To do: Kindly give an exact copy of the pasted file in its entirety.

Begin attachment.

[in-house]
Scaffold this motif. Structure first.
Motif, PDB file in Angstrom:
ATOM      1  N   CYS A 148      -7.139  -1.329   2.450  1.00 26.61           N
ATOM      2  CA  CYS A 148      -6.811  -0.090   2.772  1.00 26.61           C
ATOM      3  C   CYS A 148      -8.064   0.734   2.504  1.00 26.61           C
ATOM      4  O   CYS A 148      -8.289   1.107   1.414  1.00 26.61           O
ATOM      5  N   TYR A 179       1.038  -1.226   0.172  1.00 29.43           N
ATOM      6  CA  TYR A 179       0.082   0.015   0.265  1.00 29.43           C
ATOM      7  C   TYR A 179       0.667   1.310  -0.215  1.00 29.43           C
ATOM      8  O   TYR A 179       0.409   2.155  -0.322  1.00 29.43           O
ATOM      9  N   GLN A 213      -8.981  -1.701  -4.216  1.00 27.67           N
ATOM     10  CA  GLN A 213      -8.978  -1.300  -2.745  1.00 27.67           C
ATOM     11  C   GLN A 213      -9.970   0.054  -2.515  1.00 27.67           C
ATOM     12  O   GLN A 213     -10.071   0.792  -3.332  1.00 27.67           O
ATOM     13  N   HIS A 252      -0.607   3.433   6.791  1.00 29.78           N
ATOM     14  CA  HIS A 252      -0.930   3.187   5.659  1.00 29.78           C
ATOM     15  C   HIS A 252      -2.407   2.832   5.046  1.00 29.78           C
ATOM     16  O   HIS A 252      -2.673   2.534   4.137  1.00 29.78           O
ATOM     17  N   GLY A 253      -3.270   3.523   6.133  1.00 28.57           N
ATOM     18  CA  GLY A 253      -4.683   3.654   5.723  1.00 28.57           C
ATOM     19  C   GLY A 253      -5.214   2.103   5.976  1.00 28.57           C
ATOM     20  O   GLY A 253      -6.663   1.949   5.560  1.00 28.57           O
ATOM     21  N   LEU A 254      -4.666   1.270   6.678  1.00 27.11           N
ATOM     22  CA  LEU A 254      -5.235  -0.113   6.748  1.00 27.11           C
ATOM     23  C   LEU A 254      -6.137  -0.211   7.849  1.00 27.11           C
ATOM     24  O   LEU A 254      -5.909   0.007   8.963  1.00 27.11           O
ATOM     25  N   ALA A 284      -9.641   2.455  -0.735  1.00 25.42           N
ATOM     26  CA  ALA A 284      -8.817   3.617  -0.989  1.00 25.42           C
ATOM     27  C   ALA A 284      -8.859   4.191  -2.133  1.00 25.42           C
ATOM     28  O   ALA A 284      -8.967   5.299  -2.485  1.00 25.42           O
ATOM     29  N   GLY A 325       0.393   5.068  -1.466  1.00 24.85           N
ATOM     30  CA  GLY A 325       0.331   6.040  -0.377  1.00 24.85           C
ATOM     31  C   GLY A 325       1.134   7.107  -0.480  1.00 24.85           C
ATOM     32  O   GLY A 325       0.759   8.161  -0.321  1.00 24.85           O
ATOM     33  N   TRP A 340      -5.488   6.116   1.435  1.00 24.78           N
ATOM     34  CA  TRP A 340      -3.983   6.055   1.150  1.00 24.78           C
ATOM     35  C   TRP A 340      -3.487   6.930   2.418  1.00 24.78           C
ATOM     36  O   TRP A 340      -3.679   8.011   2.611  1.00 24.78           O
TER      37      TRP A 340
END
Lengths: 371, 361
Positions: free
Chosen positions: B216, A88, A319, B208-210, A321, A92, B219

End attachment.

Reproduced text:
[in-house]
Scaffold this motif. Structure first.
Motif, PDB file in Angstrom:
ATOM      1  N   CYS A 148      -7.139  -1.329   2.450  1.00 26.61           N
ATOM      2  CA  CYS A 148      -6.811  -0.090   2.772  1.00 26.61           C
ATOM      3  C   CYS A 148      -8.064   0.734   2.504  1.00 26.61           C
ATOM      4  O   CYS A 148      -8.289   1.107   1.414  1.00 26.61           O
ATOM      5  N   TYR A 179       1.038  -1.226   0.172  1.00 29.43           N
ATOM      6  CA  TYR A 179       0.082   0.015   0.265  1.00 29.43           C
ATOM      7  C   TYR A 179       0.667   1.310  -0.215  1.00 29.43           C
ATOM      8  O   TYR A 179       0.409   2.155  -0.322  1.00 29.43           O
ATOM      9  N   GLN A 213      -8.981  -1.701  -4.216  1.00 27.67           N
ATOM     10  CA  GLN A 213      -8.978  -1.300  -2.745  1.00 27.67           C
ATOM     11  C   GLN A 213      -9.970   0.054  -2.515  1.00 27.67           C
ATOM     12  O   GLN A 213     -10.071   0.792  -3.332  1.00 27.67           O
ATOM     13  N   HIS A 252      -0.607   3.433   6.791  1.00 29.78           N
ATOM     14  CA  HIS A 252      -0.930   3.187   5.659  1.00 29.78           C
ATOM     15  C   HIS A 252      -2.407   2.832   5.046  1.00 29.78           C
ATOM     16  O   HIS A 252      -2.673   2.534   4.137  1.00 29.78           O
ATOM     17  N   GLY A 253      -3.270   3.523   6.133  1.00 28.57           N
ATOM     18  CA  GLY A 253      -4.683   3.654   5.723  1.00 28.57           C
ATOM     19  C   GLY A 253      -5.214   2.103   5.976  1.00 28.57           C
ATOM     20  O   GLY A 253      -6.663   1.949   5.560  1.00 28.57           O
ATOM     21  N   LEU A 254      -4.666   1.270   6.678  1.00 27.11           N
ATOM     22  CA  LEU A 254      -5.235  -0.113   6.748  1.00 27.11           C
ATOM     23  C   LEU A 254      -6.137  -0.211   7.849  1.00 27.11           C
ATOM     24  O   LEU A 254      -5.909   0.007   8.963  1.00 27.11           O
ATOM     25  N   ALA A 284      -9.641   2.455  -0.735  1.00 25.42           N
ATOM     26  CA  ALA A 284      -8.817   3.617  -0.989  1.00 25.42           C
ATOM     27  C   ALA A 284      -8.859   4.191  -2.133  1.00 25.42           C
ATOM     28  O   ALA A 284      -8.967   5.299  -2.485  1.00 25.42           O
ATOM     29  N   GLY A 325       0.393   5.068  -1.466  1.00 24.85           N
ATOM     30  CA  GLY A 325       0.331   6.040  -0.377  1.00 24.85           C
ATOM     31  C   GLY A 325       1.134   7.107  -0.480  1.00 24.85           C
ATOM     32  O   GLY A 325       0.759   8.161  -0.321  1.00 24.85           O
ATOM     33  N   TRP A 340      -5.488   6.116   1.435  1.00 24.78           N
ATOM     34  CA  TRP A 340      -3.983   6.055   1.150  1.00 24.78           C
ATOM     35  C   TRP A 340      -3.487   6.930   2.418  1.00 24.78           C
ATOM     36  O   TRP A 340      -3.679   8.011   2.611  1.00 24.78           O
TER      37      TRP A 340
END
Lengths: 371, 361
Positions: free
Chosen positions: B216, A88, A319, B208-210, A321, A92, B219